This case presents an important question concerning the extent to which federal employees are subject to personal liability for their official acts. The Court held in Barr v. Matteo, 360 U.S. 564 (1959), that a federal employee was absolutely immune from tort liability for damage allegedly caused by conduct within the scope of his official duties. In recent years, the courts of appeals have developed a bewildering variety of standards to determine when a federal employee is protected from tort liability by the immunity principle recognized in Barr. One circuit has clearly adopted the view that all federal employees are immune from common law tort liability for their official acts, and many decisions from a number of appellate courts have used language consistent with the conclusion. Some circuits have restricted immunity to employees who exercise discretion, but they have defined that limitation in quite different ways. Thus, some courts classify only policymaking as discretionary, others include both policymaking and operational activities, and still others utilize a general inquiry under which the employee's entitlement to immunity depends upon the facts of each particular case.

    In defining the scope of government employee's immunity from personal liability for constitutional violations, this Court has recognized that "officials can act without fear of harassing litigation only if they reasonably can anticipate when their conduct may give rise to liability for damages and only if unjustified lawsuits are quickly terminated" (Davis v. Scherer, 468 U.S. 183, 195 (1984)). Here too, immunity can insulate federal employees from the threat of litigation, and thereby promote "the effective functioning of government" (Barr, 360 U.S. at 573), only if employees know in advance that they will not be subject to tort liability for their official acts. Under the present confused state of the law, however, federal employees cannot determine whether they will be protected from monetary liability in the event they are forced to defend their official actions in a state law tort suit. Since the differing approaches of the courts of appeals thus thwart the accomplishment of the very purpose that immunity is designed to promote, review by this Court is plainly warranted. /2/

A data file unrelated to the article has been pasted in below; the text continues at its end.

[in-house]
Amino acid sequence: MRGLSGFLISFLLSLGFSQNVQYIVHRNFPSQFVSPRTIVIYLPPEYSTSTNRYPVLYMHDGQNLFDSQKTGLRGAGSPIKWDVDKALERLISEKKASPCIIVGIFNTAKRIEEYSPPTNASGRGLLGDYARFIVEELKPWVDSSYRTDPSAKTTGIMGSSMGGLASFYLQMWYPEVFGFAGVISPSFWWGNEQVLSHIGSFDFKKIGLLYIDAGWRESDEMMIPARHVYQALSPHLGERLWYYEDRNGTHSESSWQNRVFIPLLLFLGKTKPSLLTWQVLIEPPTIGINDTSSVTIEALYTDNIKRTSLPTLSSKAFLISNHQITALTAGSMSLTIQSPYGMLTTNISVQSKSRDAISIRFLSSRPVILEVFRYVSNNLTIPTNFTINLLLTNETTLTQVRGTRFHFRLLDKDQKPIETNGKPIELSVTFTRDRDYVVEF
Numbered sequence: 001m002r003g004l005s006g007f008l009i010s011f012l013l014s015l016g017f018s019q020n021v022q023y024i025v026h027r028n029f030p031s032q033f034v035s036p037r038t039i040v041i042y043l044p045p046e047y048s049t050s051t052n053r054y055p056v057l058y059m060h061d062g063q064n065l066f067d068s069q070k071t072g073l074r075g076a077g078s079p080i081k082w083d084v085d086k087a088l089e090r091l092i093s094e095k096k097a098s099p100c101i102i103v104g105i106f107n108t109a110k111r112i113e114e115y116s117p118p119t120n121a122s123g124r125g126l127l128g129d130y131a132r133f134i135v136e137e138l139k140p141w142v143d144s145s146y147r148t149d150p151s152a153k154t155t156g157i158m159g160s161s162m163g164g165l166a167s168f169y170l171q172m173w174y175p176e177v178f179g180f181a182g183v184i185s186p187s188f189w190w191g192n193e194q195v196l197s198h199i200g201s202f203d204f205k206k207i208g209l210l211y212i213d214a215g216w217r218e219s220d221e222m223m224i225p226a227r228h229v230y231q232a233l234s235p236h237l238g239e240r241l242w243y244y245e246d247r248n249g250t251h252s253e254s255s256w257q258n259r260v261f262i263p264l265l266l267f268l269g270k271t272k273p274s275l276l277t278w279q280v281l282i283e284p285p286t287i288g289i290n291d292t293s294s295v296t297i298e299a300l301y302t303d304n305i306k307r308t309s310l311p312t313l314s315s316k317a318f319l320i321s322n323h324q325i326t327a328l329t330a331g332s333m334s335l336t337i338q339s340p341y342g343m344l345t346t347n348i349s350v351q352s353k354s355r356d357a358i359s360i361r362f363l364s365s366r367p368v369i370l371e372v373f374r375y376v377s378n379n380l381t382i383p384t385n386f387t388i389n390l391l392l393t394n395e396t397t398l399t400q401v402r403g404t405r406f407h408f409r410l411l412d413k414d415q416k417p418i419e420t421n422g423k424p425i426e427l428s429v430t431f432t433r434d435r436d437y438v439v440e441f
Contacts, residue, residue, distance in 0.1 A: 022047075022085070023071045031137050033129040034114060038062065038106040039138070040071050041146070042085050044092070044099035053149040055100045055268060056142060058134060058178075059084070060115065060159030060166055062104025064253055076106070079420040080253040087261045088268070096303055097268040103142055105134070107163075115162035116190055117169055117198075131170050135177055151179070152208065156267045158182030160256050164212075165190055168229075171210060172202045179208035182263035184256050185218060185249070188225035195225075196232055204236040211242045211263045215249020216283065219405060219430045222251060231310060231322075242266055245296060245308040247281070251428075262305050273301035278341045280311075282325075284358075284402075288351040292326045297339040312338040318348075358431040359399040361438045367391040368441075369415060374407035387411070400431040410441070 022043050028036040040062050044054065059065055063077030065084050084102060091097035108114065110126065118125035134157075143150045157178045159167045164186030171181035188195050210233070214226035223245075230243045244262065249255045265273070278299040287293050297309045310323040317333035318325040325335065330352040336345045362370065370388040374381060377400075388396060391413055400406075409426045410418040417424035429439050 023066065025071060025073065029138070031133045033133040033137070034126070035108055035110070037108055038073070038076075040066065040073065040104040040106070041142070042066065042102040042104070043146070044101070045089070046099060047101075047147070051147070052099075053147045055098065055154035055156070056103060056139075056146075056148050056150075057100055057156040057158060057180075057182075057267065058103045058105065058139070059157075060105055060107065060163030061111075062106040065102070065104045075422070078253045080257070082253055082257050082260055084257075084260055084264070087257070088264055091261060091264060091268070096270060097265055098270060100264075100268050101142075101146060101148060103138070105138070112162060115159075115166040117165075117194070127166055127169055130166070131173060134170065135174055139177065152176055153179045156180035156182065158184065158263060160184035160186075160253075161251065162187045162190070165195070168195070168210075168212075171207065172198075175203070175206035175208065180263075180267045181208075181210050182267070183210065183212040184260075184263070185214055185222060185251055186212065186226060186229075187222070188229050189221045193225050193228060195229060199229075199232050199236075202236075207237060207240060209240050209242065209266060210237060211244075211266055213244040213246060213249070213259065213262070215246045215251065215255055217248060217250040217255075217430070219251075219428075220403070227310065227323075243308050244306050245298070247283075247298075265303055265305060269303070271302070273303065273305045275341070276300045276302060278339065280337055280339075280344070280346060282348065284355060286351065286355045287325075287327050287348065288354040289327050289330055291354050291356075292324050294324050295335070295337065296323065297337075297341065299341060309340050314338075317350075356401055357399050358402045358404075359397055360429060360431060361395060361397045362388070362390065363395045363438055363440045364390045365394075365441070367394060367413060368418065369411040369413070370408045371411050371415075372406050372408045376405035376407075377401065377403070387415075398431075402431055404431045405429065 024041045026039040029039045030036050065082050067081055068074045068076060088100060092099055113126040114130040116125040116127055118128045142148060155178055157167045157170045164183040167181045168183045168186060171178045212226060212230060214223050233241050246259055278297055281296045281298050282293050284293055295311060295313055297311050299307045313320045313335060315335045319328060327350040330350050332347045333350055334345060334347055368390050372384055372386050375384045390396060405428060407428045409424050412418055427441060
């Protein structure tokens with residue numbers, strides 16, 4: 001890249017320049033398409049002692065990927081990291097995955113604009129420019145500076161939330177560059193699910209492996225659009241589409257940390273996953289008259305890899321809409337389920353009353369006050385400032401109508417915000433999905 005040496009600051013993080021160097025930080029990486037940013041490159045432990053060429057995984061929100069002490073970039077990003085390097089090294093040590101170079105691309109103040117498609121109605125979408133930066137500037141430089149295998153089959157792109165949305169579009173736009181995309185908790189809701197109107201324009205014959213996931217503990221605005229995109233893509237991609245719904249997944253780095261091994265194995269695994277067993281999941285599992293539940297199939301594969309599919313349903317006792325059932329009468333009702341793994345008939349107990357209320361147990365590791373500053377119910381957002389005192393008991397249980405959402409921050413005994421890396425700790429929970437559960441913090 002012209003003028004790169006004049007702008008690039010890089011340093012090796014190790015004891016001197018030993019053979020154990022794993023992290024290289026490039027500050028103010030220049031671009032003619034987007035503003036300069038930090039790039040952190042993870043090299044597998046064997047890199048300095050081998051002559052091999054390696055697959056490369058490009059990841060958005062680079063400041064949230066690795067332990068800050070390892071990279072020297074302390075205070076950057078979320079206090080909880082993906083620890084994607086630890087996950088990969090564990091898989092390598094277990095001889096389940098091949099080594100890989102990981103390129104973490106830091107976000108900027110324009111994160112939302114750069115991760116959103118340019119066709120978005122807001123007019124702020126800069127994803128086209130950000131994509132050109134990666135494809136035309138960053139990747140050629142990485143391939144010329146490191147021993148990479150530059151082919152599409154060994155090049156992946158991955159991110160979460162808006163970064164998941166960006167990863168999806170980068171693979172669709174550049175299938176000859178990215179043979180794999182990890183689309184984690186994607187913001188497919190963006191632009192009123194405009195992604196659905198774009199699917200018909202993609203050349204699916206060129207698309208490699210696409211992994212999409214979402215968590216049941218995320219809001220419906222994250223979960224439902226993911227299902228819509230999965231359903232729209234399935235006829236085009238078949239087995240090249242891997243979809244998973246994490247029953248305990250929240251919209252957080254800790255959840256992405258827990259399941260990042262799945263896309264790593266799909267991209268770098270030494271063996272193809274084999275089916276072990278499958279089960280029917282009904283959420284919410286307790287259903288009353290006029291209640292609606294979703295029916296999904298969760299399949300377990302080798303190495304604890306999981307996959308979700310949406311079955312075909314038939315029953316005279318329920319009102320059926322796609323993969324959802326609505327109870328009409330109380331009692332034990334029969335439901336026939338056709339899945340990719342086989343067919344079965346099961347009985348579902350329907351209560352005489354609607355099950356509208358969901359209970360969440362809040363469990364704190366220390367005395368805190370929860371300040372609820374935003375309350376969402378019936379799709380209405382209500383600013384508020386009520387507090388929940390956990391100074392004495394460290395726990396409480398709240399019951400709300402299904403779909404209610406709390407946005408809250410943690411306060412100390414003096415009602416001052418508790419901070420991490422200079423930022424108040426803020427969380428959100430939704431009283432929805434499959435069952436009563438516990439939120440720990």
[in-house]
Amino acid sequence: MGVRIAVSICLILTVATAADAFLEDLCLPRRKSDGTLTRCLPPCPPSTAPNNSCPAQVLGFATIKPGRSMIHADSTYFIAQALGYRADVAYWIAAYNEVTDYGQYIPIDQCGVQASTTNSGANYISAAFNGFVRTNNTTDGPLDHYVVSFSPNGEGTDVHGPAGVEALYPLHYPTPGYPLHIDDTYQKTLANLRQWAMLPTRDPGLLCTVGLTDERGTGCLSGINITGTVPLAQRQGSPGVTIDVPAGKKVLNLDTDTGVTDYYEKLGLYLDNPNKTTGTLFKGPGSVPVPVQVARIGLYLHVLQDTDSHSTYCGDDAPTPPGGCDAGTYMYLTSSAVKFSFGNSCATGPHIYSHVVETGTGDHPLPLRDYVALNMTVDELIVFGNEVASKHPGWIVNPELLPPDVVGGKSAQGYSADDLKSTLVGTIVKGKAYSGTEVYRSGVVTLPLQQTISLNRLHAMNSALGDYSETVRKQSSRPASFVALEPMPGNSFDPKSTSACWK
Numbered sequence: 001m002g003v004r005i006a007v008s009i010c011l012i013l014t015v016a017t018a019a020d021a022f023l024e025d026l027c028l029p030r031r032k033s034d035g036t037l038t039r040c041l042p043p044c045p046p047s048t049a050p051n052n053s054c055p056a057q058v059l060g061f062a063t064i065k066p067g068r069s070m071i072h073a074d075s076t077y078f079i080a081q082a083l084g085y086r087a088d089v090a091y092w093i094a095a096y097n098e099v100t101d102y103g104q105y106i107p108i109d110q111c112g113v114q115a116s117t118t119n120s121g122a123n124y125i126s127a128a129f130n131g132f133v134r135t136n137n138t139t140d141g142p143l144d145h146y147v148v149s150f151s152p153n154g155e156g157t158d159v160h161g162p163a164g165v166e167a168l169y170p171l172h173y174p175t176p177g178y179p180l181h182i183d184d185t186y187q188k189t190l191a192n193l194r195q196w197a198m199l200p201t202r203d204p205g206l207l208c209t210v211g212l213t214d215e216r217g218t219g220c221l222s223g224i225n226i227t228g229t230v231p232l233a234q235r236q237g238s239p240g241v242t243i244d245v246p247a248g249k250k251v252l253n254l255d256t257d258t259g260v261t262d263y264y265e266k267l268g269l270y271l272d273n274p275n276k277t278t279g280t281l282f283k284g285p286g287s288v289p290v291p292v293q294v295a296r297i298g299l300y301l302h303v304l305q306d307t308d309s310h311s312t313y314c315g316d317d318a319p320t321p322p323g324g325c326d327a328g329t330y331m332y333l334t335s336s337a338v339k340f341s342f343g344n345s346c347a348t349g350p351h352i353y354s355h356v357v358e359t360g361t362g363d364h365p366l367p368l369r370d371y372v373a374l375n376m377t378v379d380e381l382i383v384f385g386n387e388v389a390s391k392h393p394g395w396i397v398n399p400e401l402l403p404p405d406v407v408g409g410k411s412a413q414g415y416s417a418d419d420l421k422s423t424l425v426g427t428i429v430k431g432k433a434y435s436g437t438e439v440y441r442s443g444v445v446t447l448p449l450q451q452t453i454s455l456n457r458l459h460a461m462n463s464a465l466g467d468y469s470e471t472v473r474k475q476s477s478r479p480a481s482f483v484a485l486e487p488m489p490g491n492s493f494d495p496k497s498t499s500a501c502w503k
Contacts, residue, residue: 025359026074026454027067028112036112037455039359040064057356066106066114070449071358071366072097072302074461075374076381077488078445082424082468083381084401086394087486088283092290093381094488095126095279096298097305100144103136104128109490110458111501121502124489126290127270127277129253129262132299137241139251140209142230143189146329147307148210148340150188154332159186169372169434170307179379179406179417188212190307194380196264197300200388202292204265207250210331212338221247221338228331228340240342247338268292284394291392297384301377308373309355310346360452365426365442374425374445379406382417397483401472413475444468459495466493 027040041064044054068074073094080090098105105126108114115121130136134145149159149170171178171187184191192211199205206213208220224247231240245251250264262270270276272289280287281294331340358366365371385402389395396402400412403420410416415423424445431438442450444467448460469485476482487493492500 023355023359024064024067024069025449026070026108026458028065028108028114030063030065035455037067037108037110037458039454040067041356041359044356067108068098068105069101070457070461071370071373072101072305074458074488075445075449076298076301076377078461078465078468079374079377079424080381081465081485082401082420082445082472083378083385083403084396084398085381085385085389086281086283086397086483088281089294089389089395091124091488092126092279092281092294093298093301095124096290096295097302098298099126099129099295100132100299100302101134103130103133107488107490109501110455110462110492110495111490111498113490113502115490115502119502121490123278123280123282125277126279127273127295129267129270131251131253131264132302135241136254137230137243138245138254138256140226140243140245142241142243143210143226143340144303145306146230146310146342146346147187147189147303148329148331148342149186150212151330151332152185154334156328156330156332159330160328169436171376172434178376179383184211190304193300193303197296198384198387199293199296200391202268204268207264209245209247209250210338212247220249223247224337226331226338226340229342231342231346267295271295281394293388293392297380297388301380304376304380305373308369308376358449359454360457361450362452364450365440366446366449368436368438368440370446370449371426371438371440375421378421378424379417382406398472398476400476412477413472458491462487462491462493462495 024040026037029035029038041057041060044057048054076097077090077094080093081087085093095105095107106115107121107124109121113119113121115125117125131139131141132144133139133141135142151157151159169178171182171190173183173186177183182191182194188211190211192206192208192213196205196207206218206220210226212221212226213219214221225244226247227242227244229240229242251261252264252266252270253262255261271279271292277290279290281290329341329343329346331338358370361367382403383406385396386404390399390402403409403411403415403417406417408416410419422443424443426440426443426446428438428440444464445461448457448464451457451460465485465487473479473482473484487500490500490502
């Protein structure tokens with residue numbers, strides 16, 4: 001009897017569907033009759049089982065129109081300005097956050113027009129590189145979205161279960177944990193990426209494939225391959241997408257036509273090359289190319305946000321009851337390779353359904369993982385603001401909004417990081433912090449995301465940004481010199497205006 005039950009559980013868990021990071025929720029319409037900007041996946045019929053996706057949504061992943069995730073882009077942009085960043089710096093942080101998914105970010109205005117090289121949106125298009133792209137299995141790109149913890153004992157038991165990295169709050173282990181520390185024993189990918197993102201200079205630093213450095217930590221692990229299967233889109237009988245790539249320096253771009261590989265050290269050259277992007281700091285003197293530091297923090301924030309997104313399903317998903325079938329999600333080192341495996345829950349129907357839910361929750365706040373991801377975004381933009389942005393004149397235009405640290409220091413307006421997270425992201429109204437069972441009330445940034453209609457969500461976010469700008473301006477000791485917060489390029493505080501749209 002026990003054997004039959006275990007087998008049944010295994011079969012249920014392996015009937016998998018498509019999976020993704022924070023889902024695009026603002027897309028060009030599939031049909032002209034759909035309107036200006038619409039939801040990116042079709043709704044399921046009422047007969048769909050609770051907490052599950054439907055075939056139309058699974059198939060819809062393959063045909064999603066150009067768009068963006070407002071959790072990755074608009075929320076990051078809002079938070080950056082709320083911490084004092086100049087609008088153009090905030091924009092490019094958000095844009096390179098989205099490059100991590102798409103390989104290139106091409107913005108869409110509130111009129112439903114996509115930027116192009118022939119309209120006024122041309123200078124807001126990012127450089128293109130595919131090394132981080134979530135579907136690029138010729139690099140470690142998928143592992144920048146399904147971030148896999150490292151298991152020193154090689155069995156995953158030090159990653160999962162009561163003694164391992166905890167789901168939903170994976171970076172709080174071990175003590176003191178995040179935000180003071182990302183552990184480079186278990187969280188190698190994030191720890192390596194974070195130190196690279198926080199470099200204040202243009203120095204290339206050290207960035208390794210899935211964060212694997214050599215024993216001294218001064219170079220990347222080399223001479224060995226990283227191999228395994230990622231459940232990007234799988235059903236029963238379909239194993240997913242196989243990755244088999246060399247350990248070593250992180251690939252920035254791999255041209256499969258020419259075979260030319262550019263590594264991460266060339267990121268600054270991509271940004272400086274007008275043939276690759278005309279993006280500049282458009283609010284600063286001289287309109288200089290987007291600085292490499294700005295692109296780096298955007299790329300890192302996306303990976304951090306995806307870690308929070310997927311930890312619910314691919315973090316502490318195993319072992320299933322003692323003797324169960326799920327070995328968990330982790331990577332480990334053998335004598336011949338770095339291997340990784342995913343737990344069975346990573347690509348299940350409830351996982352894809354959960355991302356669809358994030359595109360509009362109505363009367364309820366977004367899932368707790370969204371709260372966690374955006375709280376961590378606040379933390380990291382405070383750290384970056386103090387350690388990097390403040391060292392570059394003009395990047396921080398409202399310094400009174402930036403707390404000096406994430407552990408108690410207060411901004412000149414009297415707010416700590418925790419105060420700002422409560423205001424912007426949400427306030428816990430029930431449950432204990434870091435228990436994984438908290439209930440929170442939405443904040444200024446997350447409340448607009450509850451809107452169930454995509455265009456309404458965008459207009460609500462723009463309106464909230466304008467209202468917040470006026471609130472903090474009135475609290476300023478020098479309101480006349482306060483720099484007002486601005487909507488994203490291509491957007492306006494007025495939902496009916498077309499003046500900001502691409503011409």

1. There is a sharp conflict among the courts of appeals with respect to the scope of federal employees' immunity from liability in state law tort actions. The Eighth Circuit recently concluded that every federal employee is absolutely immune from common law tort liability for his official acts, regardless of whether the employee exercises ministerial or discretionary authority. Poolman v. Nelson, No. 85-5401 (8th Cir. Sept. 30, 1986), slip op. 4-7. /3/ The First Circuit has intimated an inclination to reach the same conclusion, observing that the Court "has not yet put its imprimatur upon a 'ministerial duty' exception to absolute immunity" (Ricci v. Key Bancshares of Maine, Inc., 768 F.2d 456, 464 (1st Cir. 1985)).